Twitter to pay WA $100,000 following campaign finance violations
Twitter has to pay $100,000 to Washington after violating the state’s campaign finance disclosure law, which Washingtonians adopted through an initiative in 1972.
Attorney General Bob Ferguson announced that the social media company will pay to Washington’s Public Disclosure Transparency Account for the violation.
“Twitter unlawfully failed to maintain for public inspection records about Washington political ads that ran on its platform from 2012 until Nov. 22, 2019,” according to the release from the attorney general’s office.
It was in November 2019 when Twitter implemented a ban on all political advertising.
The judgment filed in King County Superior Court asserts that at least 38 candidates and committees reported paying nearly $194,550 for political ads on Twitter since 2012, according to the attorney general’s office. Twitter unlawfully failed to maintain the required records for those ads.
The campaign finance law in Washington requires political advertisers to retain records related to political ads because the public has a right to inspect the records.
“Transparency in political advertising is critical to a free and informed electorate,” Ferguson said. “Whether you are a local newspaper or a multinational social media platform, you must follow our campaign finance laws.”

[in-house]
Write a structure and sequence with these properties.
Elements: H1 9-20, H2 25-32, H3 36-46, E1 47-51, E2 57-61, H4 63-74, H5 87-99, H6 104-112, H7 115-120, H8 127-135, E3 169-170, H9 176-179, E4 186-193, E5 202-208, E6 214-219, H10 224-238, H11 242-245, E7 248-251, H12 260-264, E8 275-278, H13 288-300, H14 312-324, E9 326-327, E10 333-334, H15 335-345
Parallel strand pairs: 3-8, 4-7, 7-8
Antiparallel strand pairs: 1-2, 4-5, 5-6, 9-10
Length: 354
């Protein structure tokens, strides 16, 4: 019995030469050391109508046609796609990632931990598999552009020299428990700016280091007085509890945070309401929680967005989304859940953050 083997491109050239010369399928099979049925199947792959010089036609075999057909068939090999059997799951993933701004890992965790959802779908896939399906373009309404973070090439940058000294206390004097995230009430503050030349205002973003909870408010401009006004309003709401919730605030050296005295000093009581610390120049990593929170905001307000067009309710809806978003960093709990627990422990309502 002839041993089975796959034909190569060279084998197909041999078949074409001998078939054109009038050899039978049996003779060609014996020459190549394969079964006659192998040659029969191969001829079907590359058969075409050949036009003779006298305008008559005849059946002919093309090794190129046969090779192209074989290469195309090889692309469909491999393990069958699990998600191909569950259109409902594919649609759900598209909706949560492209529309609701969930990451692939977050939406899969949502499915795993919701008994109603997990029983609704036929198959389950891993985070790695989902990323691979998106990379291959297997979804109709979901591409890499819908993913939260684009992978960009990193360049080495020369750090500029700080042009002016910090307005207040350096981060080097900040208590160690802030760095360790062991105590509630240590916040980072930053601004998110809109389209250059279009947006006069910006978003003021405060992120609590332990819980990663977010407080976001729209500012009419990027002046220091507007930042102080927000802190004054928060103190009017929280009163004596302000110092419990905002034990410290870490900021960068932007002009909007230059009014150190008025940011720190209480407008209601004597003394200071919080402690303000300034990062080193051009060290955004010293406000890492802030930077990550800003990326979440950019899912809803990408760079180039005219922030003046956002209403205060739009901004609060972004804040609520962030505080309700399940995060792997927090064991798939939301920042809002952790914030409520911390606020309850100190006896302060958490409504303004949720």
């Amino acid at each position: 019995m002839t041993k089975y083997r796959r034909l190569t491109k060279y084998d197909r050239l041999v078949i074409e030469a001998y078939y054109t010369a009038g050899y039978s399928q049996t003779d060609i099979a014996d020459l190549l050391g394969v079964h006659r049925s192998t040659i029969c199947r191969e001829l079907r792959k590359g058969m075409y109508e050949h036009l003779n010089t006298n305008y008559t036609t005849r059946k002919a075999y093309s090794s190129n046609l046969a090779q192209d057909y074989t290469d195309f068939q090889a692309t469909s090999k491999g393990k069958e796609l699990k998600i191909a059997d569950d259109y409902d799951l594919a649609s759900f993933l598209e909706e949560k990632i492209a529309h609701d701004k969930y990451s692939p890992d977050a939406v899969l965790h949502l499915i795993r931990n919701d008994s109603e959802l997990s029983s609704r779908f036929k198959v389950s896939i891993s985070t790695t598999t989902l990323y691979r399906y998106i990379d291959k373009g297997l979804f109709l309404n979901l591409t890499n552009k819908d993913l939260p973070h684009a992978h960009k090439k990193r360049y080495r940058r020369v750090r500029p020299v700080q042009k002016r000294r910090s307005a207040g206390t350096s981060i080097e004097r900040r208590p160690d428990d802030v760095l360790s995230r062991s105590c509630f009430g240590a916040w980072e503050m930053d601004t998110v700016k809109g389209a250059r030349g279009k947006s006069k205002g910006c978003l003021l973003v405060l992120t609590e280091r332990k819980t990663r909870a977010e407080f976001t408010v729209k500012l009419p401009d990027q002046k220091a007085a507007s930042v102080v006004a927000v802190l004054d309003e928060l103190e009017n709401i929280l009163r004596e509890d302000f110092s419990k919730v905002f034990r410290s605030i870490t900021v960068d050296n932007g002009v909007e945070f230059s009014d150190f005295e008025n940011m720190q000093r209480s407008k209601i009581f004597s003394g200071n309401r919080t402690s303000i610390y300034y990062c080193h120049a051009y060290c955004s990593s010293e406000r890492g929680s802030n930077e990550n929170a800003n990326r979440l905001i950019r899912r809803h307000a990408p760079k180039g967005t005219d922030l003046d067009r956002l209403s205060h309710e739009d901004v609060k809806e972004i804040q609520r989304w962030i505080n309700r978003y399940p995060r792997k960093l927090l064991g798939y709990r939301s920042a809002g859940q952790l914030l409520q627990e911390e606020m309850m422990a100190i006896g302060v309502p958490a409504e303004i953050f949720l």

“The Public Disclosure Commission appreciates the shared commitment of the Attorney General’s Office to vigorous enforcement of the state’s campaign finance laws,” Public Disclosure Commission (PDC) Chair David Ammons said. “The people of Washington, in their overwhelming vote for the disclosure Initiative 276 nearly a half-century ago, created one of the nation’s most emphatic demands for transparency and accountability in campaign finance reporting. As powerful new platforms and commercial advertisers emerge in the campaign world, we must stay vigilant in demanding full compliance with all disclosure laws of Washington state.”
The PDC received notice from an independent researcher in October 2019 about the potential violations, who then communicated with the company to request records for payments from 12 specific campaigns but did not receive the requested records from Twitter for two months.
On June 15, the PDC referred the case to Ferguson.
This is also not the first time a social media platform has owed the state. In December 2018, Ferguson announced that Google and Facebook would each pay more than $200,000 to resolve lawsuits over the companies’ failure to maintain legally required information for state political advertising on their platforms since 2013.
A second lawsuit was filed in April against Facebook for selling ads without maintaining the required information for the public, which Ferguson alleges were intentional violations.